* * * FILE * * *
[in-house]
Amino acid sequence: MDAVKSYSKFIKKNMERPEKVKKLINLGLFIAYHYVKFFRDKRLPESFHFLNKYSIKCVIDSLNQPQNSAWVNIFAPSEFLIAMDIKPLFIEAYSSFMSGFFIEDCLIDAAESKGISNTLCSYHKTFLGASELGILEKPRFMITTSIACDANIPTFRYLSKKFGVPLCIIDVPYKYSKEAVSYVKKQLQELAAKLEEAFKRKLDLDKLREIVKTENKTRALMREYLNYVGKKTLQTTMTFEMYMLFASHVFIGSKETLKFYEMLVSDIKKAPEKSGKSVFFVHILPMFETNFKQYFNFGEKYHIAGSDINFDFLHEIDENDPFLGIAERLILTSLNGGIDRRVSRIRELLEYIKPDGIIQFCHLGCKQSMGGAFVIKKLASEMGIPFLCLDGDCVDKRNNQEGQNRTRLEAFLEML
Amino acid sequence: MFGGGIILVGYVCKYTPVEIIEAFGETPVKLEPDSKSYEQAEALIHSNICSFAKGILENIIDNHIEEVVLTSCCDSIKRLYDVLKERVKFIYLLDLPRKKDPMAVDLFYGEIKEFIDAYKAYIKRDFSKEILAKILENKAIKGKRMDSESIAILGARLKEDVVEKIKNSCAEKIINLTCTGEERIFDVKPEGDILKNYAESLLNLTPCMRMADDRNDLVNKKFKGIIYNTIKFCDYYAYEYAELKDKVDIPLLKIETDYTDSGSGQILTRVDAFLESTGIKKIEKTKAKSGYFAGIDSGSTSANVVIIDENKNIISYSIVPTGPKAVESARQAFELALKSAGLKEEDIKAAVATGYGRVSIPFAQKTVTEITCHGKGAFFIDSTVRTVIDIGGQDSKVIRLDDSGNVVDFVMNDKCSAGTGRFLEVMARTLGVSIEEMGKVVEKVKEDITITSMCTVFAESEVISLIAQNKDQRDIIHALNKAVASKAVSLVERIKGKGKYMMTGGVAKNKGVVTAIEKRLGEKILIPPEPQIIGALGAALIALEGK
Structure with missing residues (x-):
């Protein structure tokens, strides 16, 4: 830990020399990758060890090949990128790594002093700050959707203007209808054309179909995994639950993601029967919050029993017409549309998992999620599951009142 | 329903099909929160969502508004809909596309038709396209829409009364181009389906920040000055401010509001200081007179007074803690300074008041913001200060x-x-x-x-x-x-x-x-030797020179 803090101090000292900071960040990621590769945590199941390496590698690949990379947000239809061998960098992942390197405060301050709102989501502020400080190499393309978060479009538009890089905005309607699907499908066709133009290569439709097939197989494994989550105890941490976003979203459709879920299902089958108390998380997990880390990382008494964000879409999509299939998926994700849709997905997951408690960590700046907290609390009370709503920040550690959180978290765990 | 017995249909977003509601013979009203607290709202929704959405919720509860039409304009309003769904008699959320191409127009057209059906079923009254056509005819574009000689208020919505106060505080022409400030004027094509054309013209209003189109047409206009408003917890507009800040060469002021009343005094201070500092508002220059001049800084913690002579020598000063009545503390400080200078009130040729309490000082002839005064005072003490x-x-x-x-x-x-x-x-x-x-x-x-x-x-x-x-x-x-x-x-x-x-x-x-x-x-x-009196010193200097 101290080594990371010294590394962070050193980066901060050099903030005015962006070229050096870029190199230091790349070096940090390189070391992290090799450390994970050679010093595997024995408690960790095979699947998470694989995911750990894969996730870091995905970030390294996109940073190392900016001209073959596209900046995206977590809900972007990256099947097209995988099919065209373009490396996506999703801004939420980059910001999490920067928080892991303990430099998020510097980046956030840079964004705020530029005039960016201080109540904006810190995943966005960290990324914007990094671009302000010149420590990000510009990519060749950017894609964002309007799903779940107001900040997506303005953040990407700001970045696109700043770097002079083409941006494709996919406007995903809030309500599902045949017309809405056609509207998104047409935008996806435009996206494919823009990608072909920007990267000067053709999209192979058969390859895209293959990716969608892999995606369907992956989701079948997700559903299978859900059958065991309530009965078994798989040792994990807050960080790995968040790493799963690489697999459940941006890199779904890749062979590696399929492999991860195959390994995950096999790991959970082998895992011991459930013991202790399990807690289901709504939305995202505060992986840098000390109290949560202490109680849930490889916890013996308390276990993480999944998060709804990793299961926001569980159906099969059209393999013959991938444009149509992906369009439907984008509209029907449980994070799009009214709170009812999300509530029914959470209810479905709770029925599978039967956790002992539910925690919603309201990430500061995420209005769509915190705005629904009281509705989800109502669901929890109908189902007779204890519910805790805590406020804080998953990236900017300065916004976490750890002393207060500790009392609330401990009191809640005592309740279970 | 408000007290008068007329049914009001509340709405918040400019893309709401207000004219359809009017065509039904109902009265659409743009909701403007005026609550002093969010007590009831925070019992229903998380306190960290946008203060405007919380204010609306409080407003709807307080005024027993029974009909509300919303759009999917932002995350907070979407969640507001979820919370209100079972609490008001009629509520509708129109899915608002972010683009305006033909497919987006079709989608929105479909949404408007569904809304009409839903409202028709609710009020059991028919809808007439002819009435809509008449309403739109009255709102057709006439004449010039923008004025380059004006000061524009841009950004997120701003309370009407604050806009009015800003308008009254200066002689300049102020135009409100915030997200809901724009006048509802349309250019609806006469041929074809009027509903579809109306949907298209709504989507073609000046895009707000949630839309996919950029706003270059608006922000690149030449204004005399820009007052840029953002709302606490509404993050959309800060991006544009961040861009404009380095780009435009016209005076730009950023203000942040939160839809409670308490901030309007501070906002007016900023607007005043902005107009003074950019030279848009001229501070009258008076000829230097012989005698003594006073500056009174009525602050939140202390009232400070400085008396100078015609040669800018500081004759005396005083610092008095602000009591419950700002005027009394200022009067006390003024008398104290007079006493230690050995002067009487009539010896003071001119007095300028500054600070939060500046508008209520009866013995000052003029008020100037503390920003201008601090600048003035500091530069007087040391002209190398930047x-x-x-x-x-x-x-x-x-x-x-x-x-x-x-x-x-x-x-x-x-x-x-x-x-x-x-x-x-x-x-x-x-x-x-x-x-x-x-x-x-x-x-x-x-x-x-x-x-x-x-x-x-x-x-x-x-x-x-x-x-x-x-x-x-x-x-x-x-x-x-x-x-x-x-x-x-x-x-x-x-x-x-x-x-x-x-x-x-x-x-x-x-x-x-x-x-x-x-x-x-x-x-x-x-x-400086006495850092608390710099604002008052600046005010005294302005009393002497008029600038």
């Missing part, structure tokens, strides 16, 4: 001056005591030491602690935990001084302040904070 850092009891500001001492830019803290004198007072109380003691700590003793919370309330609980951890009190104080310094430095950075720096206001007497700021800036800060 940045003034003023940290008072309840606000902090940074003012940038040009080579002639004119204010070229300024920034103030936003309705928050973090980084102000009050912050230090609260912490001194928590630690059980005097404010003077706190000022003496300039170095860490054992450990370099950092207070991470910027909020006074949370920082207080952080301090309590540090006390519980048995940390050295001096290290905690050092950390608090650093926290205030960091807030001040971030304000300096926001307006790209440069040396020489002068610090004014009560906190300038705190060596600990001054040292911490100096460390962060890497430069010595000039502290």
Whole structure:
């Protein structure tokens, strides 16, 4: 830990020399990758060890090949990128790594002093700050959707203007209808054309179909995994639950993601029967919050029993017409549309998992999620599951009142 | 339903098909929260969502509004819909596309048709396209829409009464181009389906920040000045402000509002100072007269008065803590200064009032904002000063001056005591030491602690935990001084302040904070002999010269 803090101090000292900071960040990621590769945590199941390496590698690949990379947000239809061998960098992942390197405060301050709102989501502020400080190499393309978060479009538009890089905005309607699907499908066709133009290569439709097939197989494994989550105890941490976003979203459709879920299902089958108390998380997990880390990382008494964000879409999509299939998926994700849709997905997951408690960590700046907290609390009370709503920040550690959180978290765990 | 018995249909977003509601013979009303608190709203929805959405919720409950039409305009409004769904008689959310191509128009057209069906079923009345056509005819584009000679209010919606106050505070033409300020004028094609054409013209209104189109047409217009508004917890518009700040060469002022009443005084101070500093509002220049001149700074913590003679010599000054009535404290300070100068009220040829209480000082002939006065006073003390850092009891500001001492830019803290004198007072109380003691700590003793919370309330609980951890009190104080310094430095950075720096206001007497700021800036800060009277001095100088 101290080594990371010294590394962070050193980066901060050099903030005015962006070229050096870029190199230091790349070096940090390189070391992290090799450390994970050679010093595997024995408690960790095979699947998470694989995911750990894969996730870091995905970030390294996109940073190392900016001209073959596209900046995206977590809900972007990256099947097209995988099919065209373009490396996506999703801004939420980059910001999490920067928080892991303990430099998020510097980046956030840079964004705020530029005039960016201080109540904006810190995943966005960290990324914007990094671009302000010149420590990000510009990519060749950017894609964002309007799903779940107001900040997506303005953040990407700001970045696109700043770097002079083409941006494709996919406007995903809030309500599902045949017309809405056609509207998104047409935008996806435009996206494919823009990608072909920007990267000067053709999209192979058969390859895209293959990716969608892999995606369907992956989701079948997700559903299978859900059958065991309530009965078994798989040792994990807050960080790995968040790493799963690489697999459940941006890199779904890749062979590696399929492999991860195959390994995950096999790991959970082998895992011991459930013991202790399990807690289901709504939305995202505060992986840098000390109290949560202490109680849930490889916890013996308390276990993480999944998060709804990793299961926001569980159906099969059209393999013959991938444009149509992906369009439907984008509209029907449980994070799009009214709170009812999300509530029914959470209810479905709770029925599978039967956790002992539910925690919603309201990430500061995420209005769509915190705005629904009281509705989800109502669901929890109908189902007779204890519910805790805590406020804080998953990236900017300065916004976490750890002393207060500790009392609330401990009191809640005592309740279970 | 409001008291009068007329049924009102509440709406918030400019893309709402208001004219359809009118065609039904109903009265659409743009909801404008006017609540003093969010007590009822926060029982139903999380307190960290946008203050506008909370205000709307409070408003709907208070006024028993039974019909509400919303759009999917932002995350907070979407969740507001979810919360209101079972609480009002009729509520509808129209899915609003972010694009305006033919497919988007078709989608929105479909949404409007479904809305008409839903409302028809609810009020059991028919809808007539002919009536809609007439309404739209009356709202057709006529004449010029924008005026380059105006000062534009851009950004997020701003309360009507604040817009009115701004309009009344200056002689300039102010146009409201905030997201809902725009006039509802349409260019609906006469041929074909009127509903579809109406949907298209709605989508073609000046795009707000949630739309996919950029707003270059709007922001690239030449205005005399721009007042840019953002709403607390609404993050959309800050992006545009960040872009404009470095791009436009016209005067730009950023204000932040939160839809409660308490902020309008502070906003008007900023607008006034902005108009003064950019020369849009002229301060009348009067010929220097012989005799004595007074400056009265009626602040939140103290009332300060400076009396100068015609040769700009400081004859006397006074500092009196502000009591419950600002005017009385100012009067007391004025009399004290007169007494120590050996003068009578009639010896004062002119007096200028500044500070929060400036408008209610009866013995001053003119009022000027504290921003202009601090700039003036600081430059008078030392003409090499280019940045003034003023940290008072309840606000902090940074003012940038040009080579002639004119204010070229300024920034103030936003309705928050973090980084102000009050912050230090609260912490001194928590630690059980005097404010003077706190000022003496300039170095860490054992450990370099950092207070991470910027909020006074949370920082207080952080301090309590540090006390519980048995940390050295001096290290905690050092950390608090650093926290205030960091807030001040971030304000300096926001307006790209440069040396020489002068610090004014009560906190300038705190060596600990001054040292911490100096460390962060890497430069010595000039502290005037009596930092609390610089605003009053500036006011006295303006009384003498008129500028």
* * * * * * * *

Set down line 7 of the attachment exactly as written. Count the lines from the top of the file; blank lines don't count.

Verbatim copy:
Whole structure: